SUNDAY, SEPTEMBER 25, 2016

Obama thanks NIH scientists

President Barack Obama | National Institutes of Health

President Barack Obama visited the National Institutes of Health (NIH) on Dec. 2 to congratulate scientists for developing a potential vaccine against Ebola.

Obama spent approximately 90 minutes on the research campus, including attending briefings and visiting two  senior investigators and their labs at the Vaccine Research Center.

In a 22-minute speech, the president made it clear that he believes scientific research is one of the best attributes of the United States as the world responds to global health threats.

“We are going to be guided by the science—not by speculation, not by fear, not by rumor, not by panic—by science,” Obama said.

During his speech, Obama thanked the researchers at NIH and its collaborators for developing what may be the first Ebola vaccine. The vaccine finished its phase I clinical trials the week before Obama's visit. 

“No potential Ebola vaccine has ever made it this far,” Obama said.

Obama thanked the many NIH staff members who have volunteered in serving West Africa and Ebola patients  in various ways.

“You reminded the world that it is possible to treat Ebola patients effectively and safely without endangering yourselves or others,” Obama said. “One of the great virtues of what you’ve done here at NIH is reminded people that science matters and that science works. It’s not always going to be immediate…there are going to be some trials and there are going to be some errors and false starts and blind alleys, but the basic concept of science—and making judgments on the basis of evidence—that’s what’s most needed during difficult, challenging moments like the ones that we had this summer and that we continue to have in West Africa.”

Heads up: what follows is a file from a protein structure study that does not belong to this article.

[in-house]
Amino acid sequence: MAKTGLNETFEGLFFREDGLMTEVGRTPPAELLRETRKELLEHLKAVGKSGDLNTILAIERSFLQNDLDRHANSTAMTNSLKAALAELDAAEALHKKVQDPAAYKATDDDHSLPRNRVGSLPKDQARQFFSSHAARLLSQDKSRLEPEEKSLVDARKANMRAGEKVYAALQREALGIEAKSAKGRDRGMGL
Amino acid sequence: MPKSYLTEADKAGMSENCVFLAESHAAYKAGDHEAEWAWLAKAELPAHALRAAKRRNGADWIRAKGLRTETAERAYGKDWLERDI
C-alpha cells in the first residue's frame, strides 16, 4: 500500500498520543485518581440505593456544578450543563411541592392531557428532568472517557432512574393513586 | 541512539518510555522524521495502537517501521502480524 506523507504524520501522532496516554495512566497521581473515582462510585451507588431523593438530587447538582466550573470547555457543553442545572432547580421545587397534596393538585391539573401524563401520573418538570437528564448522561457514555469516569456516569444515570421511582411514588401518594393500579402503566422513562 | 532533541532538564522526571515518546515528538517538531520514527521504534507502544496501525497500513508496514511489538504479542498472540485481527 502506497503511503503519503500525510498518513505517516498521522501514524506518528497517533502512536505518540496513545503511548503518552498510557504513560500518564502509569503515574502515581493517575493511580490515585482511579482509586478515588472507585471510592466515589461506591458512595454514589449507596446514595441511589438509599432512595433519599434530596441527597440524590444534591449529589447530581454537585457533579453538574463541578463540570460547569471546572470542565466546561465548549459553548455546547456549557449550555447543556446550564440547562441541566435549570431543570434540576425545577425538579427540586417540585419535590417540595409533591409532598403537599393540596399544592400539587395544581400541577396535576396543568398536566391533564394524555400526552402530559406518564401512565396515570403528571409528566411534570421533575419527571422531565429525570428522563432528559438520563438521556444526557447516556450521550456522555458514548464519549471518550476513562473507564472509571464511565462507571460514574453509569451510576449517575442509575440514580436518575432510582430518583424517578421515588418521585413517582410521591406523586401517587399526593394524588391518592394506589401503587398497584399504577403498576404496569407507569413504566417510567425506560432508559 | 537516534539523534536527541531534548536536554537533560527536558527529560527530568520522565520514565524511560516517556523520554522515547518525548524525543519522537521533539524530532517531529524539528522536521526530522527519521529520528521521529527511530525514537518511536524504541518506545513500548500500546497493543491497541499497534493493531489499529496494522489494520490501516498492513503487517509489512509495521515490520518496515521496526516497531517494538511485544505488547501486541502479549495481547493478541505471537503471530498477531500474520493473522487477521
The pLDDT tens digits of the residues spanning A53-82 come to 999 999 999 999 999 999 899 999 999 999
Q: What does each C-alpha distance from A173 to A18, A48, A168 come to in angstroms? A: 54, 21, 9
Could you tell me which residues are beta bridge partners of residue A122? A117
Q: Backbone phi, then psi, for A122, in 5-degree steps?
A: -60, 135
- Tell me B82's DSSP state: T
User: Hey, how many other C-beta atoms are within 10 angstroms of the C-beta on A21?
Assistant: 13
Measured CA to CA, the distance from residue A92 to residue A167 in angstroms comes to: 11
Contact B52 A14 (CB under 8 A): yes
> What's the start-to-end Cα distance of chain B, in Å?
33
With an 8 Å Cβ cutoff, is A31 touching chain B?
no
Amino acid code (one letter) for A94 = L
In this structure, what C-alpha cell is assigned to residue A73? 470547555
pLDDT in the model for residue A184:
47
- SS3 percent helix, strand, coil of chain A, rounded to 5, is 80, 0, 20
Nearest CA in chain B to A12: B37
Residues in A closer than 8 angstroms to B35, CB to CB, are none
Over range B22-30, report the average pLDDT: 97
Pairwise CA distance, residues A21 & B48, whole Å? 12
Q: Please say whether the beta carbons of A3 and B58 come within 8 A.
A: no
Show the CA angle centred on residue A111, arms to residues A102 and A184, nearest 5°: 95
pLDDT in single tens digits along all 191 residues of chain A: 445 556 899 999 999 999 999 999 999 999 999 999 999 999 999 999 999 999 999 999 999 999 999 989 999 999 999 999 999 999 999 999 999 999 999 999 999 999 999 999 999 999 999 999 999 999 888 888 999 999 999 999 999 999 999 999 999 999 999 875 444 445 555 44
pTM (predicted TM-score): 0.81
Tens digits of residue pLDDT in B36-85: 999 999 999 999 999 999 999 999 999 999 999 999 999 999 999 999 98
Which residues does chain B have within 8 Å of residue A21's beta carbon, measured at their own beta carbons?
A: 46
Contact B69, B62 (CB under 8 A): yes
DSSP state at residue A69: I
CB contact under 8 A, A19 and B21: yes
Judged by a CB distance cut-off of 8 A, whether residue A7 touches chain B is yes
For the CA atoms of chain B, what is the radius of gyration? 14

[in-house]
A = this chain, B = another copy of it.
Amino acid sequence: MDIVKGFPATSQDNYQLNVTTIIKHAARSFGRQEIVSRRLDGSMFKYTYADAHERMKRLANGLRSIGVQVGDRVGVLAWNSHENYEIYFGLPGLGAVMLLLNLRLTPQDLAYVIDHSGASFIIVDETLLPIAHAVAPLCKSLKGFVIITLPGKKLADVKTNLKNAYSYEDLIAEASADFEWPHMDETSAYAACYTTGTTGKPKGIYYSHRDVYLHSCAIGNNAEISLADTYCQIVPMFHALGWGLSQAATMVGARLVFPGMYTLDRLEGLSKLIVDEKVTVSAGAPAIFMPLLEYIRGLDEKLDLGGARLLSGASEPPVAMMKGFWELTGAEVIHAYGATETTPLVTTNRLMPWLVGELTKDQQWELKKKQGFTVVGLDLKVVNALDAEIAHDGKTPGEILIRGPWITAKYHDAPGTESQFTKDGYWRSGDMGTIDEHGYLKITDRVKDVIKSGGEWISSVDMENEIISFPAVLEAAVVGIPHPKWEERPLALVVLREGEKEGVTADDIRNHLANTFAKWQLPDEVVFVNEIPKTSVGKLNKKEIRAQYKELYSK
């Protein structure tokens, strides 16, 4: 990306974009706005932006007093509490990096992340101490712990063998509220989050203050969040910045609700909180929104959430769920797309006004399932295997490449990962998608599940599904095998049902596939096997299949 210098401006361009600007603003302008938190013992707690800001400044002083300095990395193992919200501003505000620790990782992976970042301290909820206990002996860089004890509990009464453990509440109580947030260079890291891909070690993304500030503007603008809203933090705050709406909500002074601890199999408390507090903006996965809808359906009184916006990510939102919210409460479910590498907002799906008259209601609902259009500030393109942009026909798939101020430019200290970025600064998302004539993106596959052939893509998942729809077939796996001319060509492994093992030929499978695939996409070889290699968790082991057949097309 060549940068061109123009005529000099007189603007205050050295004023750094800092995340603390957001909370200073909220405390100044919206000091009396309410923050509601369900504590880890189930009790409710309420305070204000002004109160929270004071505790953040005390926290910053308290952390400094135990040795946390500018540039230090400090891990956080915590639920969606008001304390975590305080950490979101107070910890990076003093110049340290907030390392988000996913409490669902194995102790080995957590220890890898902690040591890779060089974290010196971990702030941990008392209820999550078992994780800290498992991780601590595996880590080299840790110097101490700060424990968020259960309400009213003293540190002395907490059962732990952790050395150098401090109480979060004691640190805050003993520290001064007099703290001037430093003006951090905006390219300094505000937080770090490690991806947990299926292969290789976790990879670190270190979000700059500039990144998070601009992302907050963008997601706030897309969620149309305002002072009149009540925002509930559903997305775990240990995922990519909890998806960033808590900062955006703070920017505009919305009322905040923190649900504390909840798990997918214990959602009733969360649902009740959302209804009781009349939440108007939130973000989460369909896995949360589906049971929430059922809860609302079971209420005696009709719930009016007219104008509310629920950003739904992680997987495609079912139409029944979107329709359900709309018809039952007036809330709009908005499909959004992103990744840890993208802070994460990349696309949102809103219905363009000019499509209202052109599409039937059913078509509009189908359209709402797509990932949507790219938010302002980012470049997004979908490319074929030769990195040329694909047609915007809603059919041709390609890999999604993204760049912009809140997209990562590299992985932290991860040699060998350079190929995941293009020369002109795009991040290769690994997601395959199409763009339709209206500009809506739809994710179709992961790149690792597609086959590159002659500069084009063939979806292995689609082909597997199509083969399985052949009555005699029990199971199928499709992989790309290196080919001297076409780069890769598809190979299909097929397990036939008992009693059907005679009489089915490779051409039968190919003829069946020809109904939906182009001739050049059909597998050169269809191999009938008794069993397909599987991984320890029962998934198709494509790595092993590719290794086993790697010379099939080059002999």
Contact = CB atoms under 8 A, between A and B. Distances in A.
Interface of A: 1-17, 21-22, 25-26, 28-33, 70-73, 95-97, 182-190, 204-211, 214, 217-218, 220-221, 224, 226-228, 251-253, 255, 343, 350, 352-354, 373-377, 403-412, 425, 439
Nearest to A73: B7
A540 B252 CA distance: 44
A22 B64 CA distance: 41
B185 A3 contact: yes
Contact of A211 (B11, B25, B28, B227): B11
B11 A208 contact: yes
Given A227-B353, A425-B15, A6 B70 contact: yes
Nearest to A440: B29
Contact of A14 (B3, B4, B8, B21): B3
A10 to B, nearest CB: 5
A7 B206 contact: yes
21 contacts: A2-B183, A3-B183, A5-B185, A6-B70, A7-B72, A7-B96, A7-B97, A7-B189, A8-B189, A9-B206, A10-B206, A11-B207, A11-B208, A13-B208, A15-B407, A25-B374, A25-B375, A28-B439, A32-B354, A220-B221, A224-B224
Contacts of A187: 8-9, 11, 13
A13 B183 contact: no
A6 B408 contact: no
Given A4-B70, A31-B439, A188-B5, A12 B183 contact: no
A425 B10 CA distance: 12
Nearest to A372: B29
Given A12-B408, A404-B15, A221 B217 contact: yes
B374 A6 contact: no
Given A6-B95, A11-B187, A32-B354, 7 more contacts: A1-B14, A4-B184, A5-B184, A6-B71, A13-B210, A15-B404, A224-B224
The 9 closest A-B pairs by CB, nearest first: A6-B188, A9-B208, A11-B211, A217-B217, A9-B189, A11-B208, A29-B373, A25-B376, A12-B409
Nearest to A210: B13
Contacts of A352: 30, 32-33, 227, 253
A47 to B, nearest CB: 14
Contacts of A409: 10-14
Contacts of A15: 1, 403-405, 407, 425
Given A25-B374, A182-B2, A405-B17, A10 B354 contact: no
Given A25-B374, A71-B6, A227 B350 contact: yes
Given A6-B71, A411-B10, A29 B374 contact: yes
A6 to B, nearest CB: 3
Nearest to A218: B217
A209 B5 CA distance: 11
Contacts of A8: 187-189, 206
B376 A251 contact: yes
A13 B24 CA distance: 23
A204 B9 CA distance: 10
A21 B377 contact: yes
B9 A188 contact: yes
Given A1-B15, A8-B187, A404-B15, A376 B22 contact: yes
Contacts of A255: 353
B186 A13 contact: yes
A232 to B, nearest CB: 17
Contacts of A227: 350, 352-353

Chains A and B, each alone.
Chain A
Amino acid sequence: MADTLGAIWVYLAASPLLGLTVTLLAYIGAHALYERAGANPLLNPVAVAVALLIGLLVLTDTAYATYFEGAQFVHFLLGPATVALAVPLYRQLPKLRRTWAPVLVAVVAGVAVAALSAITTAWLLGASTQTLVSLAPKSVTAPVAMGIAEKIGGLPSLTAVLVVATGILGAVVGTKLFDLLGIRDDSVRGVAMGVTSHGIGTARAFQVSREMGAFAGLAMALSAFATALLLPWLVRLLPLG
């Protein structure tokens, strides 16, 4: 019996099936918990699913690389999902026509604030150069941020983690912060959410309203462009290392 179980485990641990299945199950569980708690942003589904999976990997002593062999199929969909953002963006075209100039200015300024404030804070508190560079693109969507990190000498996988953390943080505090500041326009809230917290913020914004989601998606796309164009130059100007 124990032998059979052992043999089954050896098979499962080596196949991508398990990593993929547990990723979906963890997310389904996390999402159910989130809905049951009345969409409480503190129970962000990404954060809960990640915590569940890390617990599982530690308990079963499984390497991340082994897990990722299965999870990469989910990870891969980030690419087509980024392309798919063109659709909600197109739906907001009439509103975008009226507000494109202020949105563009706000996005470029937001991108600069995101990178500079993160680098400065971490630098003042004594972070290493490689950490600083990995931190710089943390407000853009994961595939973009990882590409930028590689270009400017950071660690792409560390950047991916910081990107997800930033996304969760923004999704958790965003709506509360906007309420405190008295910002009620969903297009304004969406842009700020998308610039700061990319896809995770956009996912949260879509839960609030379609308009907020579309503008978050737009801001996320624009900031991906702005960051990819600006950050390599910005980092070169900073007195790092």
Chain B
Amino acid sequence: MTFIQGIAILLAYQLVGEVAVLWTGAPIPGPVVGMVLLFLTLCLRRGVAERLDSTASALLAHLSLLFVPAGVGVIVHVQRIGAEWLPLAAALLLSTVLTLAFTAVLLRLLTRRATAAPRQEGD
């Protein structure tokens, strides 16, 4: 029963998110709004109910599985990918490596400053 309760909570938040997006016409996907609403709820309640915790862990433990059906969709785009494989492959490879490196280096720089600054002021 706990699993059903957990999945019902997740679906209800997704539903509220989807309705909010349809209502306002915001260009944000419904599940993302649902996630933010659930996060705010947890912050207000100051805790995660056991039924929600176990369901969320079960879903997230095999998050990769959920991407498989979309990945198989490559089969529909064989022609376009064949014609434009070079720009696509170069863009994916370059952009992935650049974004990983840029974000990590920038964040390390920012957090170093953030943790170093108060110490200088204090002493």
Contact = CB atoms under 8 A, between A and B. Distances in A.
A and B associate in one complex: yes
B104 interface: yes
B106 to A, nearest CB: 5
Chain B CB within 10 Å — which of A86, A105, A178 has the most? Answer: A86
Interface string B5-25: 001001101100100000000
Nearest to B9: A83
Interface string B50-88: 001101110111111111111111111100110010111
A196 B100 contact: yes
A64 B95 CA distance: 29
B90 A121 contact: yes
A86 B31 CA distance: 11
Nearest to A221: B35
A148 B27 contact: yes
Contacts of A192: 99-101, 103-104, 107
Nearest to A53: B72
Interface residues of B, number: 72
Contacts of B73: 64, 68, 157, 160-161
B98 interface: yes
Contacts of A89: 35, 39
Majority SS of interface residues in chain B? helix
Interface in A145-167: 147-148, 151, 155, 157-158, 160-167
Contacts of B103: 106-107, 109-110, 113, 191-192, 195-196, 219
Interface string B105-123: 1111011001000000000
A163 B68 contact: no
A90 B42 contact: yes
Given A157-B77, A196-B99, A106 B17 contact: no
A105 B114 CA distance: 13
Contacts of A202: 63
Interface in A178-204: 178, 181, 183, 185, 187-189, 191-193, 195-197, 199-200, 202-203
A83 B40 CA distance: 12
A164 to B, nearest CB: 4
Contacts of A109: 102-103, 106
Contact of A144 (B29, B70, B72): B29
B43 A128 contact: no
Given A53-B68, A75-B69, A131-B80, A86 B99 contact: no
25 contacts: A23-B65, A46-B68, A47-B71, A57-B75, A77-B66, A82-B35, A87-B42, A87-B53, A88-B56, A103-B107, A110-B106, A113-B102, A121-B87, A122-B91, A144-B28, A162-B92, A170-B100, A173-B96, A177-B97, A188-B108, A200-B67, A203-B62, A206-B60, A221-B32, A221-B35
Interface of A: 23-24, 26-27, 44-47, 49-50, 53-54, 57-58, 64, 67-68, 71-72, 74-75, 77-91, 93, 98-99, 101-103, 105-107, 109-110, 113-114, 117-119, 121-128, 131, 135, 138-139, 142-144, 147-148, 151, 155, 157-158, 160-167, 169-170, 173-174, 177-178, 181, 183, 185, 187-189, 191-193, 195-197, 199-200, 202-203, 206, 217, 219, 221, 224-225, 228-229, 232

Obama highlighted other progress that has been made in the fight against Ebola, including that now 36 states can test for Ebola (previously that number rested at 13), and 35 facilities now can treat Ebola patients (versus the previous three).

The president also used his visit as an opportunity to request more funds from Congress to support the fight against Ebola.

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